Six cancer centers to share $540 million research gift | Cancer Survivorship | Scoop.it

"In one of the largest-ever donations to cancer research, Ludwig Cancer Research of New York City announced today that it is contributing $540 million to try to resolve continuing mysteries about how cancer starts, spreads and can be thwarted.

The unrestricted money for six cancer research centers established by earlier Ludwig donations is intended as a final gift from the philanthropy founded by the late Daniel Ludwig, a shipping magnate and real estate owner, which has now contributed $2.5 billion globally to cancer research.

The six centers, launched in 2006 with initial grants from Ludwig, are each expected to invest their $90 million and spend the annual income from those investments – about $4 million to $5 million – to fund basic scientific research.

Each of the six centers will have a different research focus. At the Massachusetts Institute of Technology, scientists will address the problem of cancer's spread, known as metastasis.

"Metastasis is ultimately responsible for 90% of cancer-associated mortality," said cancer biologist Robert Weinberg, who directs the Ludwig Center for Molecular Oncology at MIT.

Despite the lethal power of metastasis, Weinberg said scientists still can't answer basic questions about it, such as: how do cancer cells get out of the primary tumor, how do they escape to form secondary tumors elsewhere in the body, "and finally, is it possible to attack cancer cells once they've launched metastases, or have they acquired a degree of resistance that will ultimately thwart all of our attempts to eliminate them?"


Via Susan Zager
Tambre Leighn's insight:

Metastatic disease getting a closer look thanks to a major donation.  The past year has seen a significant increase in awareness around the unique challenges of living with metastic cancer thanks, in part, to many of the health advocates out there like Jody Schoger, quoted in this article.  Great to see efforts translate into meaningful action.

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Breast cancer survivors filled with confidence thanks to tattoos

Breast cancer survivors filled with confidence thanks to tattoos | Cancer Survivorship | Scoop.it

"The last straw for Susan Duarte was when her nipple fell off.

Her double mastectomy and reconstructive surgery now 11 years behind her, Duarte suffered a fate common for breast cancer survivors: one of her surgically reconstructed nipples didn’t take, and it simply dropped off.

Coming after surgery and cancer treatments, the setback was an almost-comical final ignominy, and one she didn’t have the energy to fight. So she resigned herself to her new reality: one nipple, and a sexless life.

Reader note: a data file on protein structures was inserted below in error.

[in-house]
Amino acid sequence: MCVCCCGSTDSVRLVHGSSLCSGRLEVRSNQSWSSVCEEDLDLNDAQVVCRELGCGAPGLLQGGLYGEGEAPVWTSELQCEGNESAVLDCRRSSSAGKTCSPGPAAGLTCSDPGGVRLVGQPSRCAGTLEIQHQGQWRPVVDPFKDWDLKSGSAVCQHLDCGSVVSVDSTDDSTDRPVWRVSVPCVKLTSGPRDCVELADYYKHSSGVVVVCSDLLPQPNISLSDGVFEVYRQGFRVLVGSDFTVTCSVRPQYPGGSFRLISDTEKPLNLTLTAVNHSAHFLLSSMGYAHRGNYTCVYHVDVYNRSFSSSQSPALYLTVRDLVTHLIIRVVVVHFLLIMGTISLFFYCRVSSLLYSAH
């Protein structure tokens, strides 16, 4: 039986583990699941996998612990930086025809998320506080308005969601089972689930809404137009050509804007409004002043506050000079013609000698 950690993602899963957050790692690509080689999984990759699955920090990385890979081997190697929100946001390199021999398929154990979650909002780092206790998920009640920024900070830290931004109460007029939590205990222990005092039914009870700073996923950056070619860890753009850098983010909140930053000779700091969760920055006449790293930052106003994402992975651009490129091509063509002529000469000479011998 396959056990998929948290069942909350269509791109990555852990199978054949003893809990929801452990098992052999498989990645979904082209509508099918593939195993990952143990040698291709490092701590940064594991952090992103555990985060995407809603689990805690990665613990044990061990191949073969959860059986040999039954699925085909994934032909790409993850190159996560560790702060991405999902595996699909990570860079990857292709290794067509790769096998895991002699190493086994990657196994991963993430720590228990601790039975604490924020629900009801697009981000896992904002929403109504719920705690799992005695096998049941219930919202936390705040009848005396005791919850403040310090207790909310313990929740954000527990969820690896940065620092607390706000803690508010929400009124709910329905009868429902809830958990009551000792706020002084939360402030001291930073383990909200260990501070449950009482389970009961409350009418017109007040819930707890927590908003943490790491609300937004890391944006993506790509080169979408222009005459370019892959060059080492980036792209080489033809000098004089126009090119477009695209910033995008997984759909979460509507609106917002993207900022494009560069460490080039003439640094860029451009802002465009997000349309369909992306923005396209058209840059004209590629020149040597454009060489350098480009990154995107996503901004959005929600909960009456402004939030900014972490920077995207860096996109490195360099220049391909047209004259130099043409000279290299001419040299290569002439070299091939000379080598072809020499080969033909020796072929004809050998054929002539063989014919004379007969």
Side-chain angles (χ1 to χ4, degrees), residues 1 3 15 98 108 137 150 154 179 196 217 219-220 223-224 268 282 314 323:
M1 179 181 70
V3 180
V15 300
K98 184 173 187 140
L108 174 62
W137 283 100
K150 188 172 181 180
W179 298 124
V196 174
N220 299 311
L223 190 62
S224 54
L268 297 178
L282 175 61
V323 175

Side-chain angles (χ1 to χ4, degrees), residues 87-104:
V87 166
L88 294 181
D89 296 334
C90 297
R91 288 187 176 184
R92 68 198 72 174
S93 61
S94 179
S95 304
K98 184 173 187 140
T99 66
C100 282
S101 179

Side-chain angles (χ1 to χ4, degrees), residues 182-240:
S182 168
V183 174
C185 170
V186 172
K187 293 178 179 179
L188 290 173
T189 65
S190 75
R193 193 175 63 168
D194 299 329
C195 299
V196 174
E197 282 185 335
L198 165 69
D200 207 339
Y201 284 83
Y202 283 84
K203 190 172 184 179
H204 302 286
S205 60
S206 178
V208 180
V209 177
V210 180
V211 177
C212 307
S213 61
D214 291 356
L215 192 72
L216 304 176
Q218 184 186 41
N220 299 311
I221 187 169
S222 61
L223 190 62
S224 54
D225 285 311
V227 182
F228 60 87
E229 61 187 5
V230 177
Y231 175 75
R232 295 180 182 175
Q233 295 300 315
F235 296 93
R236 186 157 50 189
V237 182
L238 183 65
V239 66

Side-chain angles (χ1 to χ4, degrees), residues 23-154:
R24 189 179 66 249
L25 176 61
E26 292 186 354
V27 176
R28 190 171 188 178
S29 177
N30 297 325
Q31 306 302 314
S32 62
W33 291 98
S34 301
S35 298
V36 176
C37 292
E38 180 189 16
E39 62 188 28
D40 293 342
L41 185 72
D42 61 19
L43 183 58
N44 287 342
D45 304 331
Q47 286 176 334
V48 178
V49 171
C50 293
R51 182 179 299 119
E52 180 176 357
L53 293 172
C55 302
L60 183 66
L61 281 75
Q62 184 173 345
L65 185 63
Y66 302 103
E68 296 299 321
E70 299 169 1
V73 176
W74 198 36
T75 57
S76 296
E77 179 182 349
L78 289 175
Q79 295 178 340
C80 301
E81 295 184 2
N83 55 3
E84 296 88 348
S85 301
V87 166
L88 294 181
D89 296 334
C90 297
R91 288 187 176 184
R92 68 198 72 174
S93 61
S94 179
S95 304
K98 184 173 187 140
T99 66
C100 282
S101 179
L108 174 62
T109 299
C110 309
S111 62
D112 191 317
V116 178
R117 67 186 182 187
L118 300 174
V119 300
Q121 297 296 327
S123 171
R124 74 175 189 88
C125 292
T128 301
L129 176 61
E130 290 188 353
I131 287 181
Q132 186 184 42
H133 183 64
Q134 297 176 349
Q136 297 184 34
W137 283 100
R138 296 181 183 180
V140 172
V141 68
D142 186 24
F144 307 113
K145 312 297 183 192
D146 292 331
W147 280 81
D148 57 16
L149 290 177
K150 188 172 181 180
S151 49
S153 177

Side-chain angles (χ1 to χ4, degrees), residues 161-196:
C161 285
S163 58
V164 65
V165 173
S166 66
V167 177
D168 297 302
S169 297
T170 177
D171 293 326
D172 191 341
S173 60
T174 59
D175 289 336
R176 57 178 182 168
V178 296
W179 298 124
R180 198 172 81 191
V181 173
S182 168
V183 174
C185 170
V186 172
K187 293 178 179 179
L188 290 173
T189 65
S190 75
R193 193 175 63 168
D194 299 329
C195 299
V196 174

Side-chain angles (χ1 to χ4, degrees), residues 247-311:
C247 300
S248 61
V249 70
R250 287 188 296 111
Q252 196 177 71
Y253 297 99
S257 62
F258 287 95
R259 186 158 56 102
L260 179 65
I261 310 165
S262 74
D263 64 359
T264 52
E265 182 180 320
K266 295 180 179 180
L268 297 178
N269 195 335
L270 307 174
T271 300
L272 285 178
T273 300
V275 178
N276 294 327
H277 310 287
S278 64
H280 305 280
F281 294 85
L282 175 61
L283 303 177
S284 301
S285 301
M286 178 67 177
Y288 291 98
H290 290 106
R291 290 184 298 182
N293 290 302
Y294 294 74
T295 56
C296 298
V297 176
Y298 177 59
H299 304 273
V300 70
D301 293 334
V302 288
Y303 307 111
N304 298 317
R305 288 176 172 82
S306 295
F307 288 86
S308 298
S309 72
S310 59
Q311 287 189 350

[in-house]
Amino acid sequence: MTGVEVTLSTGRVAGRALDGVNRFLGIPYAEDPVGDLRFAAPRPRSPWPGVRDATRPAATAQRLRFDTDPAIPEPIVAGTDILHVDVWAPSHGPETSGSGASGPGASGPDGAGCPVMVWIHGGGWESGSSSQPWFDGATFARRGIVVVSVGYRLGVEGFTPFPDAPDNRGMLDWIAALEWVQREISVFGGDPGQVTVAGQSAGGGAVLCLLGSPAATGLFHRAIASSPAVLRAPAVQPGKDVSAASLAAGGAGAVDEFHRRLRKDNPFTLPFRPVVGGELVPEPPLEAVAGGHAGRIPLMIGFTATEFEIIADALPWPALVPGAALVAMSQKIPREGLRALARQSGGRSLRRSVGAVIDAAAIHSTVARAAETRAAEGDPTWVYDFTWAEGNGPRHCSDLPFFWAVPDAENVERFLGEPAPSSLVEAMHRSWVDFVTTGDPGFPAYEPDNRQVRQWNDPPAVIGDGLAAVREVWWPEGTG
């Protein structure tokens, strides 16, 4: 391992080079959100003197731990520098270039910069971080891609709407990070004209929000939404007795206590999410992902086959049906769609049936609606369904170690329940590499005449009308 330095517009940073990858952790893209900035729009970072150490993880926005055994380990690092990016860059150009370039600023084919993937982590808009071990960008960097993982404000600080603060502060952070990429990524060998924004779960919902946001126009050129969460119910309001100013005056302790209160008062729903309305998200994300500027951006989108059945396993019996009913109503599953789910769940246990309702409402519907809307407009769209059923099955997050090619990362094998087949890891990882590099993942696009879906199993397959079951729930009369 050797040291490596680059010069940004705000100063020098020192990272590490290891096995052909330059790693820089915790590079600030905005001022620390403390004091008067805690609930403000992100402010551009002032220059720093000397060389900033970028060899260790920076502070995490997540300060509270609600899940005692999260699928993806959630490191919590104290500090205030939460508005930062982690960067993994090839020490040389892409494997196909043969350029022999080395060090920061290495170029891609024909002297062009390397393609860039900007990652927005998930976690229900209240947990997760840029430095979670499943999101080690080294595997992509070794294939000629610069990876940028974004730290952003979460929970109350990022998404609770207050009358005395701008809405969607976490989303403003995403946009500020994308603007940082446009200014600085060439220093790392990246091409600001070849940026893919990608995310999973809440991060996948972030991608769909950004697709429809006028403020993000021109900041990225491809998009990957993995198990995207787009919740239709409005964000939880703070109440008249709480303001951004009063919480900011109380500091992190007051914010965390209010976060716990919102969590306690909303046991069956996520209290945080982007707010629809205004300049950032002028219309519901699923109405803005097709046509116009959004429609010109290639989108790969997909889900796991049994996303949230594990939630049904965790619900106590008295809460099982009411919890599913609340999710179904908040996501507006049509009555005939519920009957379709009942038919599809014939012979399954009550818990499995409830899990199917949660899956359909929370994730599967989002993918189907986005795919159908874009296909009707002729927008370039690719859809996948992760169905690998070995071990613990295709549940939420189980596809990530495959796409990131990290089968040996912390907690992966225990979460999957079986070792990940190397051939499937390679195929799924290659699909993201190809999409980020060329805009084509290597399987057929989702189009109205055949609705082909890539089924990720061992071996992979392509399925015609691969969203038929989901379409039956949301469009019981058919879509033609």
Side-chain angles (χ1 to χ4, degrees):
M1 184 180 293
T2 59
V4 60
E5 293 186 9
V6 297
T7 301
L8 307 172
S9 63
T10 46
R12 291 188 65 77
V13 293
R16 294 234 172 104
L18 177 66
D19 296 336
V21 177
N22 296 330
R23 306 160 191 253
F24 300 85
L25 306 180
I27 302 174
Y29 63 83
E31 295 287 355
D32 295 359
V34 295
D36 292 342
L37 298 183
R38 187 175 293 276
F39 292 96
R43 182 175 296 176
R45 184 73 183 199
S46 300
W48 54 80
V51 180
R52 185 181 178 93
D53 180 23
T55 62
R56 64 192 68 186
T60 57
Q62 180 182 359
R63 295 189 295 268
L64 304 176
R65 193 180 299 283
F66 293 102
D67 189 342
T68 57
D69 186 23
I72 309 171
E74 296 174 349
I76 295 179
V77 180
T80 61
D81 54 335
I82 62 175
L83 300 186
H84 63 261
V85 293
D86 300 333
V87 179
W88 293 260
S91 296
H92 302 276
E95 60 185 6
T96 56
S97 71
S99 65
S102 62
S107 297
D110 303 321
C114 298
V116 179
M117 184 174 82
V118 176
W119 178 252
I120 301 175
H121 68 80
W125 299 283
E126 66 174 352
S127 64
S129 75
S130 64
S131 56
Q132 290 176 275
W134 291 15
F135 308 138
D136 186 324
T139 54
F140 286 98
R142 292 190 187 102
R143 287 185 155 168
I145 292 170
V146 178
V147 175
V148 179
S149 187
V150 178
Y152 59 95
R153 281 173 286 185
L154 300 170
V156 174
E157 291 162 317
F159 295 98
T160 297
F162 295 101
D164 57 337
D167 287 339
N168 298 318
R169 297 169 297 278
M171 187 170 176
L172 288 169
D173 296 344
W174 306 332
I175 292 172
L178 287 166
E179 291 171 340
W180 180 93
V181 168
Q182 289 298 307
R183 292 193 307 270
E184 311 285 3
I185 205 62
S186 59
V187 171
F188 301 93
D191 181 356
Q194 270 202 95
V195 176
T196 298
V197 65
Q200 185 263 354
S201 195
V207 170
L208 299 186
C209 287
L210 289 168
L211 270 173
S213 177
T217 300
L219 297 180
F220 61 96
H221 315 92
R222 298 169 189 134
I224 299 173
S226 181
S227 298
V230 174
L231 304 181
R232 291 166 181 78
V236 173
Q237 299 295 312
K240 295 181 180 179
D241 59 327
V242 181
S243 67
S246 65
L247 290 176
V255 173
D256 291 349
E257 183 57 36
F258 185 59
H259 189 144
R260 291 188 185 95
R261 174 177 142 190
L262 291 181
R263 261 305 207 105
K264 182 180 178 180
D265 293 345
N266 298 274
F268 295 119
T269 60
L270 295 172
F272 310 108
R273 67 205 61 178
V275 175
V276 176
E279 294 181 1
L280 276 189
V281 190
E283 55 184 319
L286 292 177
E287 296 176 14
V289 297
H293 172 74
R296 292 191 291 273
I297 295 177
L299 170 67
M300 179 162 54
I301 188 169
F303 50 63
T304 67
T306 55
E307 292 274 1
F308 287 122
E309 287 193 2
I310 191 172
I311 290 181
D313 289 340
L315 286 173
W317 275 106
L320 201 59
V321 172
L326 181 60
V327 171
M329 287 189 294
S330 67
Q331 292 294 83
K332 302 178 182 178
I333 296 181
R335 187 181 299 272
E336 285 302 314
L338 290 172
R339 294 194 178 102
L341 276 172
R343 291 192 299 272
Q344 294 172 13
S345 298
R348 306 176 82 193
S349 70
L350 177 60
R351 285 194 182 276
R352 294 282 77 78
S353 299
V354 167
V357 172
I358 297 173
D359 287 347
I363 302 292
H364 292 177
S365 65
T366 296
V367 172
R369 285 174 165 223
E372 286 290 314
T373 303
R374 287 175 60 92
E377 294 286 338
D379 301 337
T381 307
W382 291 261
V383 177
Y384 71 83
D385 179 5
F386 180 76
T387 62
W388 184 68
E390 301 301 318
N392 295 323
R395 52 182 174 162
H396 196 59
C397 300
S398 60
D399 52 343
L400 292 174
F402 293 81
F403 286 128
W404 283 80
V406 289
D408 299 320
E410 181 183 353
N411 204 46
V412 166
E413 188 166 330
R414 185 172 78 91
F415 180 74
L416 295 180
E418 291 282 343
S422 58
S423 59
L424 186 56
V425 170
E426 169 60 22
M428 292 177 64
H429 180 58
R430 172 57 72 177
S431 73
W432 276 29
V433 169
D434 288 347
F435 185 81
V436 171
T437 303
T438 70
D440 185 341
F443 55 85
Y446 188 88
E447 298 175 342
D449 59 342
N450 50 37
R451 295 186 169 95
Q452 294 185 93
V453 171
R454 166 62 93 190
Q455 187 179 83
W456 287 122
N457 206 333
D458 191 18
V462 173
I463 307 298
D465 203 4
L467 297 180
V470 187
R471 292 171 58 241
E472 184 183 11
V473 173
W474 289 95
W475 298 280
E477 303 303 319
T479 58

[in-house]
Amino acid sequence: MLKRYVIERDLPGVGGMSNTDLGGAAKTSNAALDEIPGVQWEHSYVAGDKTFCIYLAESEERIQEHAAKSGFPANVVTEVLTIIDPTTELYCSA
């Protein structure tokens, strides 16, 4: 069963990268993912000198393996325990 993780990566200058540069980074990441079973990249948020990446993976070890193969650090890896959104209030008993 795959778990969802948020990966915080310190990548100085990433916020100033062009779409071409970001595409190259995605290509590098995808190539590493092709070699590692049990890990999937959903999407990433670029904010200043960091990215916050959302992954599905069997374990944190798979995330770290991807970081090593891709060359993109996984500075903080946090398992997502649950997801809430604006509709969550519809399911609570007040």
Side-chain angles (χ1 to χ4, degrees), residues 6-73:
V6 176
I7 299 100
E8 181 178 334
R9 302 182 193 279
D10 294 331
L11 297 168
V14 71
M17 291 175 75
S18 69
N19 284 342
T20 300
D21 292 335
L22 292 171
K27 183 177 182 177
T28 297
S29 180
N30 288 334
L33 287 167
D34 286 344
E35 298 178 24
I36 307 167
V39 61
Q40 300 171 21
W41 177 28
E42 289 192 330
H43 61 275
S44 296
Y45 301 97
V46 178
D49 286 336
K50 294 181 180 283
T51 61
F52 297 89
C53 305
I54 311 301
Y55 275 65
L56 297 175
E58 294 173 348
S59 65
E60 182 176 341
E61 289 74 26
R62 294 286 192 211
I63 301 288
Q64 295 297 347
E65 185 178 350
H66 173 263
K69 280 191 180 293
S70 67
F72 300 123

“I didn’t take my clothes off for 12 years,” the brazen, vivacious San Jose native said recently.

Her body wasn’t whole. But at least she was alive.

Several years later, Duarte’s sister, Cindy Dalton, was also diagnosed with cancer. She, too, went through a double mastectomy — but their lives have since changed dramatically.

Just ask them about their breasts — which look normal and whole, with surgery scars and all.

Both women opted for a surgery-free solution to complete their breast reconstructions: getting lifelike nipples applied via tattoos from San Francisco-based artist Sasha Merritt, who is one of a few artists in the United States providing an increasingly popular service for cancer survivors.

What Merritt does sounds remarkably simple. She matches a woman’s skin pigmentation with a custom-mixed ink, and uses light and shadow to draw nipples that look, even a few feet away, just like the real thing. 


Via Susan Zager
Tambre Leighn's insight:

Art heals.  Bless Sasha Merritt for improving the quality of life for breast cancer survivors.  Whatever a survivors chooses - reconstruction, no reconstruction, tattooed nipples, wig, head scarf, stopping treatment - respect that choice.  Survivors have the right to choose what is best for them.  Support and honor them...and support people like Sasha who are there to help.

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5 Tips That My Friend Shared With Me For Life After a Stem Cell Transplant | cancer

5 Tips That My Friend Shared With Me For Life After a Stem Cell Transplant | cancer | Cancer Survivorship | Scoop.it
5 Tips That My Friend Shared With Me For Life After a Stem Cell Transplant Article By Aaditya Sardwal Sophia was diagnosed with stage III myeloma, which is a type of blood cancer. She was working as a teacher in an engineering college.
Tambre Leighn's insight:

A unique and helpful look into life after a stem cell transplant.

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Austin advocate Andrea Sloan dies | KXAN.com

Austin advocate Andrea Sloan dies | KXAN.com | Cancer Survivorship | Scoop.it

"AUSTIN (KXAN) - After a seven-year battle with cancer, Andrea Sloan died Wednesday evening.

In a Facebook post to the Andi's Army page, Sloan's mother, Karen Sloan, said her daughter died after complications brought on by pneumonia.

Sloan was diagnosed with ovarian cancer seven years ago, at age 37. When her cancer returned in August, Sloan asked California-based drug manufacturer, BioMarin, to grant her compassionate use of their experimental drug, BMN 673, developed specifically to fight her type of genetic ovarian cancer, as well as genetic, or BRCA 1, breast cancer. 

But BioMarin repeatedly denied Sloan the drug, citing concerns about safety and effectiveness.

The Andrea Sloan Saga: Full coverage